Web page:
University of New South Wales palaeontologists who found the fragment of crocodile jaw state that this individual was at least eight metres long and there may have been others of its kind that were even larger, perhaps reaching the size of Sarcosuchus, a twelve metre long Crocodylian that lived during the Late Cretaceous geological period and preyed on dinosaurs.

    (Note that they make a mistake here, as Sarcosuchus lived in the early Cretaceous, not late Cretaceous)
    The fossil was discovered by undergraduate Bok Khoo from the University of New South Wales on July 10th, it is part of the lower jaw (dentary). The fossil bearing strata consists of several layers which represent ancient river deposits. The dig site is close to the current course of the Liechardt River and the sediment is disturbed when the water levels rise and this helps to expose new fossil finds. The river may help reveal fossil material but being close to the river does have its drawbacks. The location is known for its Saltwater and Freshwater crocodiles as well as sharks and sting rays. The field team have to be wary of attacks from extant crocodiles as they search for the fossilised remains of extinct ones.
    Gilbert Price, a palaeontologist with Queensland University has commented that the jaw bone represents a substantial individual, one crocodile that was very probably an apex predator in the region. The fossil has yet to be accurately dated, it belongs to either the Pleistocene or the earlier Pliocene Epoch. The Pliocene ended approximately 1.6 million years ago, the Pleistocene Epoch followed and lasted until approximately 10,000 years ago. The fossil is eroded, a result of the river action and the teeth have been lost but the tooth sockets which measure up to four centimetres in diameter indicate that this predator had very large, conical-shaped teeth.

    Professor Mike Archer of the University of New South Wales described the fossil as “weird” and he could not rule out that this fossil find could represent a new species.

    The bite marks of the largest known species, Pallimnarchus pollens, have been found on the bones of the giant marsupial Diprotodon, which grew as large as a modern rhinoceros and would've been the largest available prey:





    Mourasuchus was a contemporary of the better known Purussaurus, and like it, a member of the caimanine group of the Alligatoridae family. It was also a giant, growing to maybe around 10, possibly up to 12 m long, but its small teeth and skull structure would suggest it was specialized in much smaller prey, maybe even by filter-feeding, fullfilling a role similar to that of the filter-feeding Stomatosuchus of the Cretaceous.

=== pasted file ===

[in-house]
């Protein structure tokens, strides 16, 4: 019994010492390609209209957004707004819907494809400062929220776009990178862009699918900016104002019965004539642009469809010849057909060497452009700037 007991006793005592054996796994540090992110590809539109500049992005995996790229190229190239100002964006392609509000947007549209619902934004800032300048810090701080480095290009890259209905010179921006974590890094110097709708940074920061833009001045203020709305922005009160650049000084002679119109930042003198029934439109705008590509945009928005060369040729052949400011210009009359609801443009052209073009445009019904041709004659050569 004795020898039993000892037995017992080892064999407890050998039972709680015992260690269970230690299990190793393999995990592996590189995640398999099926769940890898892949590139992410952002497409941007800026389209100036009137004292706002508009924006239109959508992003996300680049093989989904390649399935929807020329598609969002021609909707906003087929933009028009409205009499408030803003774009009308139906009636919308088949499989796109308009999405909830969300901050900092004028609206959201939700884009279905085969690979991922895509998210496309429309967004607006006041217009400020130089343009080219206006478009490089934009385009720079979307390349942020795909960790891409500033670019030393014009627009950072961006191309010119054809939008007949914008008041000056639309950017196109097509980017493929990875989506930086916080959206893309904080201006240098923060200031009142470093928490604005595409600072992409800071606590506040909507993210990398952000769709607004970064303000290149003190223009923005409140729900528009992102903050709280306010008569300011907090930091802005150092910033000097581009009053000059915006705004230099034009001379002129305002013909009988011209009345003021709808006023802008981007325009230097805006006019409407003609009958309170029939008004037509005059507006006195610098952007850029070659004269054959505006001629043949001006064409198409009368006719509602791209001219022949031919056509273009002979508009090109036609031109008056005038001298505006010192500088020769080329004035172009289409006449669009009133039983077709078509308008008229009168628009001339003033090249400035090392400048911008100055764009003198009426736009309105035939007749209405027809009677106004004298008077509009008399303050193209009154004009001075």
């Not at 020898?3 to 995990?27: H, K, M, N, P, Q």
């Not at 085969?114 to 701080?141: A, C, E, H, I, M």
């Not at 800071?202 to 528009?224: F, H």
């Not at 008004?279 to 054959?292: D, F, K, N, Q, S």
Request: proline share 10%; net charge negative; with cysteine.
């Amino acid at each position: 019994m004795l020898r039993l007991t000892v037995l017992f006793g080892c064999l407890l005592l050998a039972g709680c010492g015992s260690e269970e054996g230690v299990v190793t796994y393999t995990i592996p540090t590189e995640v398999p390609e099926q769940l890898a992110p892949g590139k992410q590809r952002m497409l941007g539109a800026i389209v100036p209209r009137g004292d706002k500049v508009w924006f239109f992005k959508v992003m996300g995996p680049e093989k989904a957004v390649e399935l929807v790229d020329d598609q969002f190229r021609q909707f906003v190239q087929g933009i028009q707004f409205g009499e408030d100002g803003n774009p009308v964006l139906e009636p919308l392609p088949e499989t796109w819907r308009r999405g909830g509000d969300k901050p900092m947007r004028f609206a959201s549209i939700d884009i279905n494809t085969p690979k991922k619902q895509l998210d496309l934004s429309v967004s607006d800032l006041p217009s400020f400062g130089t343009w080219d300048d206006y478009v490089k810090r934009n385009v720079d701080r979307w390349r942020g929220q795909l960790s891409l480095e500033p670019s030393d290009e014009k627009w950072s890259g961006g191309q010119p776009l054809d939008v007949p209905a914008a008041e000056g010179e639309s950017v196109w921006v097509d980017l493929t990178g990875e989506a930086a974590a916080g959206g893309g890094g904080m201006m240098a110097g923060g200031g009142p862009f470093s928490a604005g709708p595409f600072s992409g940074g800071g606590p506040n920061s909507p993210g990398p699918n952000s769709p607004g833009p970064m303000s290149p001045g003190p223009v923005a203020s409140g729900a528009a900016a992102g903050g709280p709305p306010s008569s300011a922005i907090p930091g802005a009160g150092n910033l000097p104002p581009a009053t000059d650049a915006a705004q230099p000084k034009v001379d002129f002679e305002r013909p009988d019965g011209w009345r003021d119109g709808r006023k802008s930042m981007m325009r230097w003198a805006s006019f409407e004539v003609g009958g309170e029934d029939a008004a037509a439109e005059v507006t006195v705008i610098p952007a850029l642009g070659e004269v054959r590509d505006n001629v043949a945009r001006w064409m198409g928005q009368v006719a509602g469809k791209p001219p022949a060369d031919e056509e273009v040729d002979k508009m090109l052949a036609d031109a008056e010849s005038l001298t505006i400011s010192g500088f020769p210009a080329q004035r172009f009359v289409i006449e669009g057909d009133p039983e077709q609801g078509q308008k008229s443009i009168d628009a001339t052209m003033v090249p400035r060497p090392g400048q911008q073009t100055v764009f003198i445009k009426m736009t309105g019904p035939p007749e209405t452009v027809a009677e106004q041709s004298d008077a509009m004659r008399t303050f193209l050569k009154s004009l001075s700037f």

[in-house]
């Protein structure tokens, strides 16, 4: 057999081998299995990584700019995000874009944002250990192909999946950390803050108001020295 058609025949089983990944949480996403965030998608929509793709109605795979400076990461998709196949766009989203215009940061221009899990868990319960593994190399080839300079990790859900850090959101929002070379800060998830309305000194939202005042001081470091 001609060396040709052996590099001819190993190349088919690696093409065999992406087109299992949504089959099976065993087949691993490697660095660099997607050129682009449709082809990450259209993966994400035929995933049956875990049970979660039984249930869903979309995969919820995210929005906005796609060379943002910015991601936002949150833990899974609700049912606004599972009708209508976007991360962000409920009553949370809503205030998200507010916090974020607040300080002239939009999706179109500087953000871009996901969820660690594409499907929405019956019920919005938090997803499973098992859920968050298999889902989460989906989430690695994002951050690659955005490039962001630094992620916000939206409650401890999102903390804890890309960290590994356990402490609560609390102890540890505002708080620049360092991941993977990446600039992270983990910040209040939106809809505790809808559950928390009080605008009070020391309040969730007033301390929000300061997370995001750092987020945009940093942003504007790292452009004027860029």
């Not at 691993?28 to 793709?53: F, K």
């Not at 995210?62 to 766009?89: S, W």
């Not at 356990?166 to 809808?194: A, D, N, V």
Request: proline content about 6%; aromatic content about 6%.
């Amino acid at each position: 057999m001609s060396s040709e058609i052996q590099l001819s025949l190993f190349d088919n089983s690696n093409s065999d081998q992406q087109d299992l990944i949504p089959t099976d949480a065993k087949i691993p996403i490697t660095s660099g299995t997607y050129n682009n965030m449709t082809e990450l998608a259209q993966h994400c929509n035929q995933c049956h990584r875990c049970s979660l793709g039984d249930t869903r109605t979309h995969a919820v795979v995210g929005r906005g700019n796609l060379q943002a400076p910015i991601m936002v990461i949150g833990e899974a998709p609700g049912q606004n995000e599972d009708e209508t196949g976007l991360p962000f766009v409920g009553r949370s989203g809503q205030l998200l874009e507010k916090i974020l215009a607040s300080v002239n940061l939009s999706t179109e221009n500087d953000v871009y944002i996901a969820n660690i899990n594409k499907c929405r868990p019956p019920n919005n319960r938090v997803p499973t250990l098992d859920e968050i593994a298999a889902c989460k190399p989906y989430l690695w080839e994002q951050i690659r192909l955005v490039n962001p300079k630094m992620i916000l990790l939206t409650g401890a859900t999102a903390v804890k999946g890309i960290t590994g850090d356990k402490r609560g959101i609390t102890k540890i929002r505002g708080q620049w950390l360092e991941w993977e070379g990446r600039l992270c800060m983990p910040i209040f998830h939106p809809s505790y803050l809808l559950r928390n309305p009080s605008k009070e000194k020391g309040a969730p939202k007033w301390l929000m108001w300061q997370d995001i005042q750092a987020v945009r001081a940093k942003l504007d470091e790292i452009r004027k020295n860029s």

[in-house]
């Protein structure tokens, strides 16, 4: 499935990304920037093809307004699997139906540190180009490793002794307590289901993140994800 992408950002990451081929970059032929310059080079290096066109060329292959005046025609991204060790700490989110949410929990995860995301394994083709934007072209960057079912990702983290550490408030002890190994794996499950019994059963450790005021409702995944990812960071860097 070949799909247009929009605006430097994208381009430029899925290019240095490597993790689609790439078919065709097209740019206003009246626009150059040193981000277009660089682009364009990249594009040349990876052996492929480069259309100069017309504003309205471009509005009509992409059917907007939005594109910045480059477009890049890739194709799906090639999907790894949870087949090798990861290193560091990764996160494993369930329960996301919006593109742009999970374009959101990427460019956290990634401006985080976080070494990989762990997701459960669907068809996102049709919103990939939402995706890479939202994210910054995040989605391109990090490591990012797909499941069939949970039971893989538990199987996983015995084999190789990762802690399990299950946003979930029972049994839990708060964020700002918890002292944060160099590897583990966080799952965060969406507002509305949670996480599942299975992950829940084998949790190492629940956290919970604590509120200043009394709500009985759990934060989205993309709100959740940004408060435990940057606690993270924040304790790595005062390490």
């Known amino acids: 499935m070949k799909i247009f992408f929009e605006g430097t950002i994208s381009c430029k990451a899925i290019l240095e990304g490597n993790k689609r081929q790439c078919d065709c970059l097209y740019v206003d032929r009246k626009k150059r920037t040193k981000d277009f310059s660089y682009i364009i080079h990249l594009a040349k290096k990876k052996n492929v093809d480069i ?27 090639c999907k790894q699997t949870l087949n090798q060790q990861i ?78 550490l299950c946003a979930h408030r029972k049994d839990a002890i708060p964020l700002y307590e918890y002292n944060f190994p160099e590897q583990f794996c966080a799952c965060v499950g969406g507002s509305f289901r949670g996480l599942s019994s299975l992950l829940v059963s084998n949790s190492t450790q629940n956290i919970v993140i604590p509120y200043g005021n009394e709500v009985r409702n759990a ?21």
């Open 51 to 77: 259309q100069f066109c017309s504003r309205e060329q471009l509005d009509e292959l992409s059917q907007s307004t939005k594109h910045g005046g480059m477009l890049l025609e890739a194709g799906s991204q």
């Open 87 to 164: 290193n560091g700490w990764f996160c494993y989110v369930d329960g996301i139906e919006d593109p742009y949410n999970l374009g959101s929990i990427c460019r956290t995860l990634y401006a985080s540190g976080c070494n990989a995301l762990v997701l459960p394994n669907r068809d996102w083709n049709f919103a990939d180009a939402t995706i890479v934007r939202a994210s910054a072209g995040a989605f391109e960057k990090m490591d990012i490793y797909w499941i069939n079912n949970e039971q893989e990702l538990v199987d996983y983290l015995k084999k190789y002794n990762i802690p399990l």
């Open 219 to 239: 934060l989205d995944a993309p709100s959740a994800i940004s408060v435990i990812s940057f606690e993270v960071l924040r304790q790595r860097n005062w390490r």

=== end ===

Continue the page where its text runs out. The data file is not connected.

This would've allowed it to coexist with the equally large Purussaurus and Gryposuchus without competing for food with them.

  • These little land crocodiles of the Cretaceous may have had a greater ability to vocalize than modern day kinds.


  • Mystery of Mystriosaurus:


  • The so called "Crocodylus bugtiensis", a giant crocodilian found in Oliocene Pakistan fossil sites, has been renamed as Astorgosuchus bugtiensis, as it was found to be more distantly related to modern crocodiles than thought, and possibly closer to Asiatosuchus.

    This creature would've been around 7-8 m long, with very robust jaws and teeth. Its bite marks have been found on the bones of Paraceratherium/Indricotherium, formerly considered the largest land mammal of all times.

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  • Adam Khor wrote: »
    This creature would've been around 7-8 m long, with very robust jaws and teeth.
    we've all seen a saltie yada, yada, yada , whatever

    Its bite marks have been found on the bones of Paraceratherium/Indricotherium

    It had a 30 tonne rhino on the menu :eek: :eek: :eek: :eek: :eek:

  • Giant caiman Purussaurus mirandai had special adaptations to better support its weight on land; it would've been able to walk and move about like modern crocodilians despite weighing maybe up to 3 tons (Purussaurus brasiliensis was even bigger).



  • Brazil's first ornithosuchid, Dynamosuchus. It would've been over 2 m long and is suggested to have been a scavenger (why not an opportunist like most meat eaters though?)